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TAXATION IS THEFT?
When Sam the mugger, decides to rob you of your valuable goods or hard earned money at gunpoint, you instantly know what the act is called: theft. You do not only receive sympathy from the public, but are also found entitled to police support and protection. The city administration upon learning of the incident would most certainly show some anxiety over deteriorating law and order situation and the government would certainly criticize the thug's immoral act.
However lets just suppose that Sam the mugger wants you money again. But this time, some respectable people like senators, parliamentarians, Congressmen etc., accompany him. Instead of the gun, he carries an official letter that says certain percentage of your hard earned money is now his. The tone remains the same i.e. threatening. You give him money OR ... The dire consequences of not complying with his 'request' are repeated reiterated lest you refuse. This time, you are not supported by anyone. The public is confused and cannot understand which side to vouch for. The police and law enforcement clearly favor Sam the mugger. Government obviously lashes out at no one else but you. In short you are now the culprit since Sam the mugger has massive state support.
However in both situations: the original cause of conflict remains the same. You are being forced to part with your money and are being threatened of grim consequences if you choose not to comply. In short you rights are being violated. So does the fact that Sam the mugger has chosen to rob you through political process makes his act less reprehensible. The answer is an emphatic No. Theft is theft regardless of the means used. This is because what a man produces by his own effort or gains through fair means, is his property unless he chooses to part with it of his own free will.
In Principles of Political Economy, Mill (1970) argues against taxation saying that every citizen has " ... A right to the exclusive disposal of what he or she have produced by their own exertions, or received either by gift or by fair agreement, without force or fraud, from those who produced it. The foundation of the whole is, the right of producers to what they themselves have produced." (p. 368)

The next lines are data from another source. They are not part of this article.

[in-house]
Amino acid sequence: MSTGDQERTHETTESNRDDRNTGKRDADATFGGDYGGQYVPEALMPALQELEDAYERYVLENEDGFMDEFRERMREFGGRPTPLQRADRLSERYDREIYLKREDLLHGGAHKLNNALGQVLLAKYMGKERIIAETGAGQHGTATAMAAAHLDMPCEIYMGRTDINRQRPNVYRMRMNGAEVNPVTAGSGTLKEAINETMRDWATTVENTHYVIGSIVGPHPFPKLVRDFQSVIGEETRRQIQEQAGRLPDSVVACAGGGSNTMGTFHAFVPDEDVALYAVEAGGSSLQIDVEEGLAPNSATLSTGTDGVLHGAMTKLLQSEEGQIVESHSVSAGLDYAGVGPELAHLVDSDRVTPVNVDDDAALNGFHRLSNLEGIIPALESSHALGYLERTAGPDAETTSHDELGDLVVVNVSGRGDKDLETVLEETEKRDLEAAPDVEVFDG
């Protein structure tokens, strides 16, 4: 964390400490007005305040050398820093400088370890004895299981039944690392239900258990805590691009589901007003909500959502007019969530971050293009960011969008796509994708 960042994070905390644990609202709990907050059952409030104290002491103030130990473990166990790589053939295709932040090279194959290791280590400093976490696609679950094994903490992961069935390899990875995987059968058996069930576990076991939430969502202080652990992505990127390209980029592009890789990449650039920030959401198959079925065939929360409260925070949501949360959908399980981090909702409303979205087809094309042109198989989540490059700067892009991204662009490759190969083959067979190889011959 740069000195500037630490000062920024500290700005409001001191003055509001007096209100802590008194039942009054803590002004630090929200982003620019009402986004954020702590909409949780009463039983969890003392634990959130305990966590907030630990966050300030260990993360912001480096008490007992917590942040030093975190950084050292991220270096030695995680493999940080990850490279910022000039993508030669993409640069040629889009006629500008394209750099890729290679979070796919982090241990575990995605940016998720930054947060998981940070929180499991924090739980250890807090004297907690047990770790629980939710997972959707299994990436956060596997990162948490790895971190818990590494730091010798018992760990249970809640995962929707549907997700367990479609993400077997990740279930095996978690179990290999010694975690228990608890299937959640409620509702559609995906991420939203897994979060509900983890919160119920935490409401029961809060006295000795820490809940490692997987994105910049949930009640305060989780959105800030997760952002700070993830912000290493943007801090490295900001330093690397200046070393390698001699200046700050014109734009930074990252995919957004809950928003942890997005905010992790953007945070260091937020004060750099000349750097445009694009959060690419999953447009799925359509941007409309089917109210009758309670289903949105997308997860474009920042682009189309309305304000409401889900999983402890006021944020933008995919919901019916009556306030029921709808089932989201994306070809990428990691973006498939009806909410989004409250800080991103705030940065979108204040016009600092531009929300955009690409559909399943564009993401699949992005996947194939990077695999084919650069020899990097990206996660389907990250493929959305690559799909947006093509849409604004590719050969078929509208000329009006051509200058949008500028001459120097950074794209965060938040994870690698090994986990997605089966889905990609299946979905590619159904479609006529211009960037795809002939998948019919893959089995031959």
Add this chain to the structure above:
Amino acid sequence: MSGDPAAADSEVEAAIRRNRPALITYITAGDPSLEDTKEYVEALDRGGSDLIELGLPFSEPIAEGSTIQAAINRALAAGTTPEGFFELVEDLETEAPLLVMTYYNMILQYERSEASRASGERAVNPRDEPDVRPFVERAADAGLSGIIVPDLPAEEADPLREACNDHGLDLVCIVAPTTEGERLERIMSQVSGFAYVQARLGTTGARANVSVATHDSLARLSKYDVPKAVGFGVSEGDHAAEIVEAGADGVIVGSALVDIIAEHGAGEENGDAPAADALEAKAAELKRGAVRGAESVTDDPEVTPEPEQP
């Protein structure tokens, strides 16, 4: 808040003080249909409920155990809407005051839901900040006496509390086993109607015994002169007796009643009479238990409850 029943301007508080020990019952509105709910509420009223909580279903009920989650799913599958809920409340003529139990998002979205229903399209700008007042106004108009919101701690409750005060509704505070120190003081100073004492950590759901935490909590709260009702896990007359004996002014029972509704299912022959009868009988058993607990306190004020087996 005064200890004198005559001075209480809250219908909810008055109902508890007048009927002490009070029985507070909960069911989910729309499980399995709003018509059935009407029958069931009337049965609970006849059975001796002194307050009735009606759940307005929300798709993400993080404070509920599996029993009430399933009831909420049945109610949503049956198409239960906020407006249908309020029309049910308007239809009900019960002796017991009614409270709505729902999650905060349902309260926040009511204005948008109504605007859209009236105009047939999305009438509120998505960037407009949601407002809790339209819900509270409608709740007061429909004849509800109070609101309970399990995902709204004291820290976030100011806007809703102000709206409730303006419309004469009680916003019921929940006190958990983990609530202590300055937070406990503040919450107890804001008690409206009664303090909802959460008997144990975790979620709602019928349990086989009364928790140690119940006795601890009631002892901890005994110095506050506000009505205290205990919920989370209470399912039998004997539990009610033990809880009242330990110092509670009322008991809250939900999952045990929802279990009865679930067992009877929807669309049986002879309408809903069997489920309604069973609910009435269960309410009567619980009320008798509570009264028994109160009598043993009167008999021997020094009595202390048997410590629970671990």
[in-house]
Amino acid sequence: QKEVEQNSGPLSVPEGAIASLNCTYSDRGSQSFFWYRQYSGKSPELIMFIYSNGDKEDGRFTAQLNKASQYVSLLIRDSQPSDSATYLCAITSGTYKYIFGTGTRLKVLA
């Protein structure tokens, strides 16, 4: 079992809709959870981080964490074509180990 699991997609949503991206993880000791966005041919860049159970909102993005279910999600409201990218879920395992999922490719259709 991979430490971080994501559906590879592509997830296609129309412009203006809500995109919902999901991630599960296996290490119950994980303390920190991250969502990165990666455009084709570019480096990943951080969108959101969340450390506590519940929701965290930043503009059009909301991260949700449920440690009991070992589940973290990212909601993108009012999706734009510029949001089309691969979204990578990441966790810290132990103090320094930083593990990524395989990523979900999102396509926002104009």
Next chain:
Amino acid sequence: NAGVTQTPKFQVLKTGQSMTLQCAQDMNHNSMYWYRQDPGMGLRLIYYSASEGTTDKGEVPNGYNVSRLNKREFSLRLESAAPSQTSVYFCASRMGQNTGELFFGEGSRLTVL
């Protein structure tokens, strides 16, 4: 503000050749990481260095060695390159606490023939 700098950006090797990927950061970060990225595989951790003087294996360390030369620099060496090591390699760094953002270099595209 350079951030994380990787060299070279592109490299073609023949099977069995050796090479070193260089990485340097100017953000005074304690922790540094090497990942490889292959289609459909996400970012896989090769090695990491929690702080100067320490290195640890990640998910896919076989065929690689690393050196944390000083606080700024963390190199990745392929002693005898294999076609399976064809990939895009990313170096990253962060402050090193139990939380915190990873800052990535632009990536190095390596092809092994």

What a man produces is thus his exclusive property and he has the right to use that property in whichever manner he chooses to. To stop his from owning that property or exchanging it for something he finds valuable is in violation of fundamental rights defined in the Declaration of Independence. Mill further asserts:
"The right of property includes, then, the freedom of acquiring by contract. The right of each to what he has produced) implies a right to what has been produced by others, if obtained by their consent; since the producers must either have given it from good will, or exchanged it for what they esteemed an equivalent, and to prevent them from doing so would be to infringe their right of property in the product of their own industry." (p. 369)
What we need to understand here is the essential role of a government. What is it that a government is expected to achieve and accomplish. An answer to this question will further help us understand why is taxation considered stealing through political means. Government is formed with one purpose in mind i.e. To protect the rights of people and to thwart any attempt at violating the same. This means that not only protection of individual rights but stemming the process or attempt of violation of rights is also the responsibility of the government. While there can be occasions when government inadvertently might violate one's individual rights but we must be convinced that it was an isolated case and not some deliberate action on large scale carried out with the help political institutions.
" ....the primary concern of government must be protection of the rights of individuals. We seek a government that is strong enough to protect rights but that does not violate rights. This constitutional problem has a theoretical component and a practical component: We need assurance that it is theoretically possible to have a government that protects rights without violating rights; the practical problem…[continue]
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